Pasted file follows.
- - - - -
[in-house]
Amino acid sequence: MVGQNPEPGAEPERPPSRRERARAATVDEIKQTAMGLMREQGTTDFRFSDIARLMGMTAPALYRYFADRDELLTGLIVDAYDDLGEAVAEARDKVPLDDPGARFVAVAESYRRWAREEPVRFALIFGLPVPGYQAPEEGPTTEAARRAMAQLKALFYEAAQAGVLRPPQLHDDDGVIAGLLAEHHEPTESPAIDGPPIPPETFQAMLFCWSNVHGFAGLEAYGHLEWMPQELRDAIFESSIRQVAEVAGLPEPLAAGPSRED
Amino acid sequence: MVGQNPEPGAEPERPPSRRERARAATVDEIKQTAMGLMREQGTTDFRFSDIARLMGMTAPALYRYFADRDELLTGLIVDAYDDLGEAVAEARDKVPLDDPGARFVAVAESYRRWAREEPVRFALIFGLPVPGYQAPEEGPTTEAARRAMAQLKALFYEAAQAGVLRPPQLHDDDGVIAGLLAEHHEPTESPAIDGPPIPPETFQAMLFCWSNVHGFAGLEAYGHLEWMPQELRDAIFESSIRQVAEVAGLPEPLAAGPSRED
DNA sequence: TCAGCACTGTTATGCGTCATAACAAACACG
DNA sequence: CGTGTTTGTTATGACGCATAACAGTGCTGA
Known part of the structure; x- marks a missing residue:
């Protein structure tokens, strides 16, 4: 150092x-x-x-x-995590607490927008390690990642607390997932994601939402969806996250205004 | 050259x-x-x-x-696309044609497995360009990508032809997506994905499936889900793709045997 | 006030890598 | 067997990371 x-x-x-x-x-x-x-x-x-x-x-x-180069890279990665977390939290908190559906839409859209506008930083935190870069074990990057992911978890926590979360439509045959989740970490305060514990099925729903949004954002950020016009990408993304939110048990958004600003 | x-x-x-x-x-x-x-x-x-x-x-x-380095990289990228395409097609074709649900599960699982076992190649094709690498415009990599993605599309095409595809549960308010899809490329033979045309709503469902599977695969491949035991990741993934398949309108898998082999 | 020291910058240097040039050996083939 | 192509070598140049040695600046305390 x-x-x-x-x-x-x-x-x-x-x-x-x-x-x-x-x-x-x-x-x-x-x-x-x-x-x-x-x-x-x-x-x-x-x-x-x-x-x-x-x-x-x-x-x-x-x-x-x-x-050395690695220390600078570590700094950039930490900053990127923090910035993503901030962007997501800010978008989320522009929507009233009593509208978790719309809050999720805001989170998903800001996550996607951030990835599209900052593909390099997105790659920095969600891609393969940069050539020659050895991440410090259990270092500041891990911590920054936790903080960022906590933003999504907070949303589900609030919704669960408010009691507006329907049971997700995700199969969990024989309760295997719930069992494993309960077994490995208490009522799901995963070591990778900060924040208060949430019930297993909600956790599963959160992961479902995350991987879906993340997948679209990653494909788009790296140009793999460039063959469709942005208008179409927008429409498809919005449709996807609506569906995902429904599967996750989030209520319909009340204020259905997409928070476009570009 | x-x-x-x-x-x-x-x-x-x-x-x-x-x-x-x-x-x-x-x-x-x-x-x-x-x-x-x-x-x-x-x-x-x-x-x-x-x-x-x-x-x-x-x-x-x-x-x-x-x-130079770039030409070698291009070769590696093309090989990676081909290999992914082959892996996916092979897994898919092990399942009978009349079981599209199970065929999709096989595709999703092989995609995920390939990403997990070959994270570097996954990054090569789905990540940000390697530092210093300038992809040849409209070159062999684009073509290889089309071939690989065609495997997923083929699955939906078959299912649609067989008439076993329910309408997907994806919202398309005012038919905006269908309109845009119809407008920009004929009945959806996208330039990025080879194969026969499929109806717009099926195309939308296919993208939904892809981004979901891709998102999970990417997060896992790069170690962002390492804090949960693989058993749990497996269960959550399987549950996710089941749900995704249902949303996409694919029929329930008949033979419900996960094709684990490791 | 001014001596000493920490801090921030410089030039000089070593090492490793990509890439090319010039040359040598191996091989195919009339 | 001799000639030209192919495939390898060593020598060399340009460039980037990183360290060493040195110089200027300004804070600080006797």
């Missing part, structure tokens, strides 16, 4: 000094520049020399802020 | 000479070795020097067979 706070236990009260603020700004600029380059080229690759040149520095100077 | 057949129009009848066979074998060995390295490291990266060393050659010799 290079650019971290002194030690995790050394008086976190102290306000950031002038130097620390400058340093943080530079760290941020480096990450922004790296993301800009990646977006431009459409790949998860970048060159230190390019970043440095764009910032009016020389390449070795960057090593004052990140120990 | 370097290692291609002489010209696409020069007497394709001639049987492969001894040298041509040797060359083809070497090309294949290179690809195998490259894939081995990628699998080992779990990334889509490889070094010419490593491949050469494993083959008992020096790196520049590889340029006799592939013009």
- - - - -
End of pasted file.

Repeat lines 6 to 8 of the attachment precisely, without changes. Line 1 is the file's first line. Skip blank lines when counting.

Known part of the structure; x- marks a missing residue:
């Protein structure tokens, strides 16, 4: 150092x-x-x-x-995590607490927008390690990642607390997932994601939402969806996250205004 | 050259x-x-x-x-696309044609497995360009990508032809997506994905499936889900793709045997 | 006030890598 | 067997990371 x-x-x-x-x-x-x-x-x-x-x-x-180069890279990665977390939290908190559906839409859209506008930083935190870069074990990057992911978890926590979360439509045959989740970490305060514990099925729903949004954002950020016009990408993304939110048990958004600003 | x-x-x-x-x-x-x-x-x-x-x-x-380095990289990228395409097609074709649900599960699982076992190649094709690498415009990599993605599309095409595809549960308010899809490329033979045309709503469902599977695969491949035991990741993934398949309108898998082999 | 020291910058240097040039050996083939 | 192509070598140049040695600046305390 x-x-x-x-x-x-x-x-x-x-x-x-x-x-x-x-x-x-x-x-x-x-x-x-x-x-x-x-x-x-x-x-x-x-x-x-x-x-x-x-x-x-x-x-x-x-x-x-x-x-050395690695220390600078570590700094950039930490900053990127923090910035993503901030962007997501800010978008989320522009929507009233009593509208978790719309809050999720805001989170998903800001996550996607951030990835599209900052593909390099997105790659920095969600891609393969940069050539020659050895991440410090259990270092500041891990911590920054936790903080960022906590933003999504907070949303589900609030919704669960408010009691507006329907049971997700995700199969969990024989309760295997719930069992494993309960077994490995208490009522799901995963070591990778900060924040208060949430019930297993909600956790599963959160992961479902995350991987879906993340997948679209990653494909788009790296140009793999460039063959469709942005208008179409927008429409498809919005449709996807609506569906995902429904599967996750989030209520319909009340204020259905997409928070476009570009 | x-x-x-x-x-x-x-x-x-x-x-x-x-x-x-x-x-x-x-x-x-x-x-x-x-x-x-x-x-x-x-x-x-x-x-x-x-x-x-x-x-x-x-x-x-x-x-x-x-x-130079770039030409070698291009070769590696093309090989990676081909290999992914082959892996996916092979897994898919092990399942009978009349079981599209199970065929999709096989595709999703092989995609995920390939990403997990070959994270570097996954990054090569789905990540940000390697530092210093300038992809040849409209070159062999684009073509290889089309071939690989065609495997997923083929699955939906078959299912649609067989008439076993329910309408997907994806919202398309005012038919905006269908309109845009119809407008920009004929009945959806996208330039990025080879194969026969499929109806717009099926195309939308296919993208939904892809981004979901891709998102999970990417997060896992790069170690962002390492804090949960693989058993749990497996269960959550399987549950996710089941749900995704249902949303996409694919029929329930008949033979419900996960094709684990490791 | 001014001596000493920490801090921030410089030039000089070593090492490793990509890439090319010039040359040598191996091989195919009339 | 001799000639030209192919495939390898060593020598060399340009460039980037990183360290060493040195110089200027300004804070600080006797």
């Missing part, structure tokens, strides 16, 4: 000094520049020399802020 | 000479070795020097067979 706070236990009260603020700004600029380059080229690759040149520095100077 | 057949129009009848066979074998060995390295490291990266060393050659010799 290079650019971290002194030690995790050394008086976190102290306000950031002038130097620390400058340093943080530079760290941020480096990450922004790296993301800009990646977006431009459409790949998860970048060159230190390019970043440095764009910032009016020389390449070795960057090593004052990140120990 | 370097290692291609002489010209696409020069007497394709001639049987492969001894040298041509040797060359083809070497090309294949290179690809195998490259894939081995990628699998080992779990990334889509490889070094010419490593491949050469494993083959008992020096790196520049590889340029006799592939013009």